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July 9: Steinbrenner Institute Attracts Top Journalists To Environmental Media Fellowship Program

Contact:

Chriss Swaney                   
412-268-5776
swaney@andrew.cmu.edu

Carnegie Mellon's Steinbrenner Institute Attracts Top Journalists
To Fourth Annual Environmental Media Fellowship Program

PITTSBURGH—Carnegie Mellon University's Steinbrenner Institute for Environmental Education and Research (SEER) will host four top journalists, July 13-16, for its fourth annual environmental media fellowship program.
                
The national journalists include Jeff Burnside, a producer at WTVJ NBC 6 Miami; Cheryl Hogue, a senior editor at Chemical & Engineering News; Janet Raloff, senior editor/policy at Science News; and Rosanne Skirble, a senior reporter at Voice of America. The journalists will spend three days on the Carnegie Mellon campus, meeting faculty and getting a personal look at some of the university's environmental research.
                
"The fellowship enables leading science journalists to deepen their knowledge of environmental issues, and provides a great opportunity for our faculty members to broaden their knowledge about how the media work," said David Dzombak, faculty director for the Steinbrenner Institute and the Walter J. Blenko Sr. Professor of Environmental Engineering.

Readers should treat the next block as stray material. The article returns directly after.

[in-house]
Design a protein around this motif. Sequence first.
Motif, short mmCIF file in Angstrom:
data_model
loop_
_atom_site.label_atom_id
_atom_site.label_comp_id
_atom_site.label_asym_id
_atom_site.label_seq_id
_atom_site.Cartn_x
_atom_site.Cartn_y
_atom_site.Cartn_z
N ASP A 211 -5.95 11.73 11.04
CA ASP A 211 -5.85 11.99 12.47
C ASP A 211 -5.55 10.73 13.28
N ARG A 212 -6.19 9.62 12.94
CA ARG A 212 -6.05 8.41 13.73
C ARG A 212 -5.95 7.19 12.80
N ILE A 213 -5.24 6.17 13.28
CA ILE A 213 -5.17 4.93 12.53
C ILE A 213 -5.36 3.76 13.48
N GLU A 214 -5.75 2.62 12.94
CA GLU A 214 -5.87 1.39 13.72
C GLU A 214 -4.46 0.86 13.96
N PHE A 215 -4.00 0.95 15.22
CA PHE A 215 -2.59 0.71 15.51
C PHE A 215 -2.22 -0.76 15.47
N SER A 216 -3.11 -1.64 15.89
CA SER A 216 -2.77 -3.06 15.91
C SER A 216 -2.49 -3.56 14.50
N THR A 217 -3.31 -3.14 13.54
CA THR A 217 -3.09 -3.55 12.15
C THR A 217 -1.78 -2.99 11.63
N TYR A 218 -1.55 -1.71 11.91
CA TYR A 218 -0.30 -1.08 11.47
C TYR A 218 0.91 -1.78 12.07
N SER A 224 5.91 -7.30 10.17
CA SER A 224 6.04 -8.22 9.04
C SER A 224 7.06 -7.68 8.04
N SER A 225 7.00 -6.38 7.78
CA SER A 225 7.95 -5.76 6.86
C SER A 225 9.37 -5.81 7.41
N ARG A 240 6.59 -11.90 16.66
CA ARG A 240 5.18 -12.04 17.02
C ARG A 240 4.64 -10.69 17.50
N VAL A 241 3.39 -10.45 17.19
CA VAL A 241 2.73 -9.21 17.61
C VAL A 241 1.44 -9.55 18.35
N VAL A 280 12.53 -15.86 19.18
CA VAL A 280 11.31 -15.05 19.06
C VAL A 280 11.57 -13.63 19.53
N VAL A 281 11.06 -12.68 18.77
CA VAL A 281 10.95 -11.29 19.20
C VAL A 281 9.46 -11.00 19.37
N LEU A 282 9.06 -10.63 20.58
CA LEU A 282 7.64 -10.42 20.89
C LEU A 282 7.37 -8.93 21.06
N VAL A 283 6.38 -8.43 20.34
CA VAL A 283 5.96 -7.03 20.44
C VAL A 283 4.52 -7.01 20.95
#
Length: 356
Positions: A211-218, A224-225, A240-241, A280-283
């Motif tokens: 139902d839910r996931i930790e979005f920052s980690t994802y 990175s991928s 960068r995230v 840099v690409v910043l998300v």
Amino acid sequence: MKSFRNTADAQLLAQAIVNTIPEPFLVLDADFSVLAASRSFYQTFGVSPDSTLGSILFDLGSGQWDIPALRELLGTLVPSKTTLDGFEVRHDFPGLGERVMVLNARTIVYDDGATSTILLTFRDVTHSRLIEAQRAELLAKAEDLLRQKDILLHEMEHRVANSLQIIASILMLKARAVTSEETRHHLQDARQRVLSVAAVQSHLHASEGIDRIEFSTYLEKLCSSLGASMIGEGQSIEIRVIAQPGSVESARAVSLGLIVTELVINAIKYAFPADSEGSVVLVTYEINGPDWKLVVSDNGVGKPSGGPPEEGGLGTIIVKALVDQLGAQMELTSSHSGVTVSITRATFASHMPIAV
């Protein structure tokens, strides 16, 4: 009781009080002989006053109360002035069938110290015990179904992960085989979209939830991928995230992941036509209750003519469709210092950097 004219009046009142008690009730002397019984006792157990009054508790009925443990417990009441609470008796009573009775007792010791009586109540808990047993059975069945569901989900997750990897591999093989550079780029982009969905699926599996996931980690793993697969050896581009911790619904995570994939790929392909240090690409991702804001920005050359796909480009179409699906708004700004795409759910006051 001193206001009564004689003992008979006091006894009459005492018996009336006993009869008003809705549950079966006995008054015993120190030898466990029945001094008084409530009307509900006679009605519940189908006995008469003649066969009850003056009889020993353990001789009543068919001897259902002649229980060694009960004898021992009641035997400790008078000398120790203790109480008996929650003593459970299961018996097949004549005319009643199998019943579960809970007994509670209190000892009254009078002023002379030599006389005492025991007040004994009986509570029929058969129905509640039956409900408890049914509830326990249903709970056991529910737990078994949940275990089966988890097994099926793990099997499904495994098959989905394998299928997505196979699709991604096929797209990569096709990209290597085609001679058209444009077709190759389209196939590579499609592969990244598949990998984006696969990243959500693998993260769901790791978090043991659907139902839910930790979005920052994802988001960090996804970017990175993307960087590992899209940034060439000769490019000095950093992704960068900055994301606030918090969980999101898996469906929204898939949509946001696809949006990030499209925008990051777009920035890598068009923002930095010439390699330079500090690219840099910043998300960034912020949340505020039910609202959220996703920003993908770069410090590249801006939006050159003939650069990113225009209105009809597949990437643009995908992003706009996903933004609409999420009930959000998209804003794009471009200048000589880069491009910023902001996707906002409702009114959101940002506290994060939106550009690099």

The media fellows meet informally with researchers in labs and in the field. Their interviews span topics ranging from global warming issues to alternative energy, air and water quality, risk management and green design.
                 
"This is a wonderful opportunity for faculty members to share their research findings with a group of professional journalists who can advise us how best to communicate our work both nationally and globally," said Deborah Lange, executive director of the Steinbrenner Institute.
                 
The Steinbrenner Institute works to develop new interdisciplinary environmental education and research initiatives at Carnegie Mellon, and to advance and coordinate the activities of 18 research centers focused on environmental topics. The educational focus includes an emphasis on helping all Carnegie Mellon undergraduate students understand complex environmental problems and to think about paths to a more sustainable world.
                 
In the past four years, the Steinbrenner Institute has allocated more than $400,000 in grants to a variety of Carnegie Mellon research and educational initiatives, including industry and media panel sessions and fellowships.      

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